A vaccine candidate for the coronavirus!

The News: Everybody is talking about a new coronavirus vaccine candidate that looks promising. What’s this about?

Researchers at Oxford University say that they have a candidate for a novel coronavirus vaccine that looks promising! This was in development last year, for another coronavirus, and has been tested in humans. It was found to be safe, so they can go ahead directly into clinical trials in humans!

Status: The group has started clinical trials in humans now, and plans to test it in upto 5000 patients in areas that have a lot of people who have been diagnosed with the virus. If this works, it could be the first to the market as it does not have to do the studies to show that it is safe in humans – these have already been done.

What does the Serum Institute in Pune have to do with this? Well, the Serum Institute is one of the manufacturing partners for this vaccine.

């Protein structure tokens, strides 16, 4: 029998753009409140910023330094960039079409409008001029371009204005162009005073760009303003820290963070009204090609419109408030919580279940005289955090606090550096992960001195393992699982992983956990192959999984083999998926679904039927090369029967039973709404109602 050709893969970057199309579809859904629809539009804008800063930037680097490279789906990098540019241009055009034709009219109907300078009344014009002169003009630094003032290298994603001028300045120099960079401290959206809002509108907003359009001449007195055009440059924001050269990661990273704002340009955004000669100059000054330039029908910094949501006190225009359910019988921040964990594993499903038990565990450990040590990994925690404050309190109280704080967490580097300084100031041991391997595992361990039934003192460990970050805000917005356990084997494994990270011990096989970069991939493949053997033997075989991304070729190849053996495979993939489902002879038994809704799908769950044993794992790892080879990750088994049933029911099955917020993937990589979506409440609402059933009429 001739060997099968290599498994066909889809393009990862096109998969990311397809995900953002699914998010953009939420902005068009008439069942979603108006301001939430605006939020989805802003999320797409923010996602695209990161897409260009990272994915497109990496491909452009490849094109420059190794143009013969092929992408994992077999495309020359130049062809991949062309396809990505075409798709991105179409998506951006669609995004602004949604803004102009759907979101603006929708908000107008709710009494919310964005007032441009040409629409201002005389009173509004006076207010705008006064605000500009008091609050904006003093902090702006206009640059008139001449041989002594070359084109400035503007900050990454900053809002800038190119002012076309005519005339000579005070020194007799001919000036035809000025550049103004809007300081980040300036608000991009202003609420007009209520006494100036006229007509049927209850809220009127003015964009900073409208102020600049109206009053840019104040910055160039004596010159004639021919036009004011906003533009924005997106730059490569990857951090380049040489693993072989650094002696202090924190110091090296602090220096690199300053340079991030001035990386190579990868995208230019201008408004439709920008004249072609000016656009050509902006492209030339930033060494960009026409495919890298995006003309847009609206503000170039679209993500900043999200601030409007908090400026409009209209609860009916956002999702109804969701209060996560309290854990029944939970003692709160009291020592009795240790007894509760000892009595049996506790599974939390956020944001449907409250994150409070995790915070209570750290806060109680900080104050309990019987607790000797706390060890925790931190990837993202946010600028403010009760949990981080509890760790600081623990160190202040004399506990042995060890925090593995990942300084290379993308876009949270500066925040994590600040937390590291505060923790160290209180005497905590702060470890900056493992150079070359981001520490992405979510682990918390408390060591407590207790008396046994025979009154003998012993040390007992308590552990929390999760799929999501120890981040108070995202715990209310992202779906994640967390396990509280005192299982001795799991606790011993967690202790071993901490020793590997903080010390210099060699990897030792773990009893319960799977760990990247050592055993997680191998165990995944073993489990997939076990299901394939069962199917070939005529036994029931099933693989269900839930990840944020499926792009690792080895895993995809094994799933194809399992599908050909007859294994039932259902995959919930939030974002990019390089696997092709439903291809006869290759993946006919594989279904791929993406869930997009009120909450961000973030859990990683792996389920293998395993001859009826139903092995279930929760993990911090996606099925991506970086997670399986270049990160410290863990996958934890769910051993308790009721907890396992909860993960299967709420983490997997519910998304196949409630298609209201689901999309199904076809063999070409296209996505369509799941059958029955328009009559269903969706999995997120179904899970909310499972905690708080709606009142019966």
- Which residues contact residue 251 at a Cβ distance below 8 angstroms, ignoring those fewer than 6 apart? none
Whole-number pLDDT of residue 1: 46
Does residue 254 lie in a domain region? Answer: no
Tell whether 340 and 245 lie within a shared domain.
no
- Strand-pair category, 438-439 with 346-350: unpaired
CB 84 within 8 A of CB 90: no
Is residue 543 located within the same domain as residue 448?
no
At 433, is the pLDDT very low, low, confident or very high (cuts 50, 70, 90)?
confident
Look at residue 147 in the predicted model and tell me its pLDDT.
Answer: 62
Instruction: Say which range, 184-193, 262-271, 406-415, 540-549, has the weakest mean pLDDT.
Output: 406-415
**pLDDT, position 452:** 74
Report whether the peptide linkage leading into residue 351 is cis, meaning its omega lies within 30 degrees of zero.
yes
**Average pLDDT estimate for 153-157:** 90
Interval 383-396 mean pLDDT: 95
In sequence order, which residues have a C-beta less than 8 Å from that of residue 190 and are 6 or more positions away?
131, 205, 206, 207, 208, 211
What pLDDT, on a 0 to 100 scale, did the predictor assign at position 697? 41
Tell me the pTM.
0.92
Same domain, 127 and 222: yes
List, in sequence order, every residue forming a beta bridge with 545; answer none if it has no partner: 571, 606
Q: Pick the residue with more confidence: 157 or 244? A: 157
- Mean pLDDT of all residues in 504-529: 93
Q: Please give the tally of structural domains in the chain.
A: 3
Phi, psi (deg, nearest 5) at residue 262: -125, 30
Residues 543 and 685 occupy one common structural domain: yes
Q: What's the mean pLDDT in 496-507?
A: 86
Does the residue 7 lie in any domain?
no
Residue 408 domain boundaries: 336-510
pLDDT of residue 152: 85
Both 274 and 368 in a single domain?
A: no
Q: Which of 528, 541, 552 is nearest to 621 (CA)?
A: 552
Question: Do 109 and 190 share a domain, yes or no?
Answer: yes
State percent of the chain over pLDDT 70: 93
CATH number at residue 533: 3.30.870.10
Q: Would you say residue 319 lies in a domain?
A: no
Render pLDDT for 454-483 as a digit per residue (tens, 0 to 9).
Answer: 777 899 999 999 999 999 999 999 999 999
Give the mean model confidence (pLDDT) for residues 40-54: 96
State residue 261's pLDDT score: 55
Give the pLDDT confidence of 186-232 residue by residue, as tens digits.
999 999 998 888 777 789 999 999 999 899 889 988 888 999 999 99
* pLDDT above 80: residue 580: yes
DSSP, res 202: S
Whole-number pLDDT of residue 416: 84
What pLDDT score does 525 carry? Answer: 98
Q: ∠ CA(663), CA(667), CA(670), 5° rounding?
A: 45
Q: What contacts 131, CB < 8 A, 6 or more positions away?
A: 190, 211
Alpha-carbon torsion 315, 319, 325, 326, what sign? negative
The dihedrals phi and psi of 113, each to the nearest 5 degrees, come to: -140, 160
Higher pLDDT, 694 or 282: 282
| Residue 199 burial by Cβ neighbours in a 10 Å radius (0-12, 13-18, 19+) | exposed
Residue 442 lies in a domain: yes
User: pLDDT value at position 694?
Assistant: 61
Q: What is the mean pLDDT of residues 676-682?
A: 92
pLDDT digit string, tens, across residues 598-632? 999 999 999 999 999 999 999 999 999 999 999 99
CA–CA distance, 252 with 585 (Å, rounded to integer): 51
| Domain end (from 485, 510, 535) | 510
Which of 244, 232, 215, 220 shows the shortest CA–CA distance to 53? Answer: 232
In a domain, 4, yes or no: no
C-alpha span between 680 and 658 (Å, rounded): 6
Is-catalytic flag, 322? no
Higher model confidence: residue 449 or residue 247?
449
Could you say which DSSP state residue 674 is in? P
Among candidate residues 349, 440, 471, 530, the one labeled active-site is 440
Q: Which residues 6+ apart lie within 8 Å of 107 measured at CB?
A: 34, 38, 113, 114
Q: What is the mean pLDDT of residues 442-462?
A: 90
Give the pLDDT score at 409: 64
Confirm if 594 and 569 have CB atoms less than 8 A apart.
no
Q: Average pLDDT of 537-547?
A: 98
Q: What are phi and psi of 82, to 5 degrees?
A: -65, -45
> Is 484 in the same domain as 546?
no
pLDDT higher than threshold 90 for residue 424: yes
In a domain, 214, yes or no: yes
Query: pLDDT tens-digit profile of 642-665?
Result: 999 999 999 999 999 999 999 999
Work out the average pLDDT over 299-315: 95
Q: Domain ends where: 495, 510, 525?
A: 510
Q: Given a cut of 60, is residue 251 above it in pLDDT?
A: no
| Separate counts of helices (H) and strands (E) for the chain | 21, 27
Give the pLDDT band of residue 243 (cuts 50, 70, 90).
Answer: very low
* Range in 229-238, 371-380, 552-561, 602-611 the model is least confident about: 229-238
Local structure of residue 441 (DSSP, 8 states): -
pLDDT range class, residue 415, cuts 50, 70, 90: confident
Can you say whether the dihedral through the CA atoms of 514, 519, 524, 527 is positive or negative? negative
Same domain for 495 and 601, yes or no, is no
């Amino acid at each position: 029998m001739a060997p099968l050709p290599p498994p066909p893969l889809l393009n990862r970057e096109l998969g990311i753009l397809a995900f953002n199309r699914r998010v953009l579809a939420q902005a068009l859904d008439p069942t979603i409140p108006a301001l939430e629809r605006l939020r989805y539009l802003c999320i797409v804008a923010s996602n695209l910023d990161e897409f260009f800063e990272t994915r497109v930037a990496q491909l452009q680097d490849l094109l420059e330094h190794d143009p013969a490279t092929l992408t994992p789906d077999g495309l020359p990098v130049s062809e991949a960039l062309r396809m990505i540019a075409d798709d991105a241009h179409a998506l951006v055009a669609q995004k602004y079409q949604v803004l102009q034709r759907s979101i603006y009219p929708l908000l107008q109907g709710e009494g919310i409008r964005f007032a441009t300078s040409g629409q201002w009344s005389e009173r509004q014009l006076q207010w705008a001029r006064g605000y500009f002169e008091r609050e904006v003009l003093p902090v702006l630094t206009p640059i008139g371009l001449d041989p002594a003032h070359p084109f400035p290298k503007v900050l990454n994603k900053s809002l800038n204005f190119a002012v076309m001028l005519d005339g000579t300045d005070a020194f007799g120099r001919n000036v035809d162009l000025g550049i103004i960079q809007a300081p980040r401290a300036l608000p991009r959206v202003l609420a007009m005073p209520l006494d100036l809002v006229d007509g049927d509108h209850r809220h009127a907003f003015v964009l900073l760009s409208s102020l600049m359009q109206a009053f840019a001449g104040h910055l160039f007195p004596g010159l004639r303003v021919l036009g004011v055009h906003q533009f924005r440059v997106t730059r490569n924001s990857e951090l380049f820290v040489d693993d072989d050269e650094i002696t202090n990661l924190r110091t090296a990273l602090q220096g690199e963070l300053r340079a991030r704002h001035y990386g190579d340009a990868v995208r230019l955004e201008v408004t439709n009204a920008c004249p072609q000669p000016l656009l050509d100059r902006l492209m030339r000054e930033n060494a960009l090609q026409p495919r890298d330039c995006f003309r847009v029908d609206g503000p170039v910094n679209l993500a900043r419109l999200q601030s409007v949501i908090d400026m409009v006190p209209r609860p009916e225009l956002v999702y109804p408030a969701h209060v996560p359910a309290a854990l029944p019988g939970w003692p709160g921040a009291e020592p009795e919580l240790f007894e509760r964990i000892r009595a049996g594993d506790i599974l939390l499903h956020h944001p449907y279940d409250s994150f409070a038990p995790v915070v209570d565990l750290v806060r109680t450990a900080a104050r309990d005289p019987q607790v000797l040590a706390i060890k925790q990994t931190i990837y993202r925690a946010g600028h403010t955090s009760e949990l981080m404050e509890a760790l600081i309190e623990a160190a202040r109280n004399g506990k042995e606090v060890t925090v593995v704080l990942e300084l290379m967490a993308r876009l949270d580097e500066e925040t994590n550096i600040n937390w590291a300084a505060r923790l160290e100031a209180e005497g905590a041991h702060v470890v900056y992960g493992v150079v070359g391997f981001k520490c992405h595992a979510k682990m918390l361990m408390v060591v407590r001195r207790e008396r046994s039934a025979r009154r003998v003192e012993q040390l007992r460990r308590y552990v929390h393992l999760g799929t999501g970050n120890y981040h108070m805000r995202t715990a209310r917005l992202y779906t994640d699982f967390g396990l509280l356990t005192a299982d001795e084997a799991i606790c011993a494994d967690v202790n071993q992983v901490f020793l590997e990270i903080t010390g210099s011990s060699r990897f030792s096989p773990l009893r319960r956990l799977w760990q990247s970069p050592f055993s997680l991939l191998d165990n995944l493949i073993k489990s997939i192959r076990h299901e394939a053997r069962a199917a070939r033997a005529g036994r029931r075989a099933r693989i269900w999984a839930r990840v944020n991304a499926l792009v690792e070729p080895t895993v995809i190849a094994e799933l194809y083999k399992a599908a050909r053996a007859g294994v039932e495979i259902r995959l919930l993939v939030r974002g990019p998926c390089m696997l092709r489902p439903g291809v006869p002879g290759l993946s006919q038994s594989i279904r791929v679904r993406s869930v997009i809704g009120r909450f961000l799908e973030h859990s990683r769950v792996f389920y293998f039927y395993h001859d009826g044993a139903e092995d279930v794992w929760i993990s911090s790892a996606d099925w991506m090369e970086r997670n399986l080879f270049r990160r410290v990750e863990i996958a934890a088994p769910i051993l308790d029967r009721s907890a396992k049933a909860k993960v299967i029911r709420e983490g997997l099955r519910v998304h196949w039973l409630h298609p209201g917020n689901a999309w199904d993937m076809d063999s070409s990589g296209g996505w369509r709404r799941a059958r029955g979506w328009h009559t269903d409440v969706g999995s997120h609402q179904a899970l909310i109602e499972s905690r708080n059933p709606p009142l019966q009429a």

Credit: bbc.com

Here are the important points:

  1. This particular vaccine has been tested in humans before and they say that there were no safety issues.
  2. An animal study in 6 rhesus monkeys showed that the monkeys who were inoculated with the vaccine and then ‘challenged’ or exposed to the coronavirus in quantities that had sickened this type of animal before, were fine, even 28 days later.
  3. Therefore they are going ahead and recruiting patients – first healthcare workers and then later upto 5000 or 6000 patients – half will be given the vaccine candidate, half will be given placebo (a dummy injection). Then what? Then they will wait and see if any get sick with the coronavirus in their regular lives. If the trial arm has a lower rate of infection than the placebo arm, then it has worked.
  4. What could the challenges with this be?
    1. Exposure to the virus! It depends on how exposed the people in the clinical trial will be to the coronavirus in the coming months. Only with enough numbers will they be able to tell if the vaccine works.
    2. How much the virus mutates.

So let’s keep our fingers crossed that this works! And if not, then there are many other medicines and vaccines that are in various stages of discovery and testing. With the whole world working on this, we are sure to come up with some solutions!


Written by: Sunaina Murthy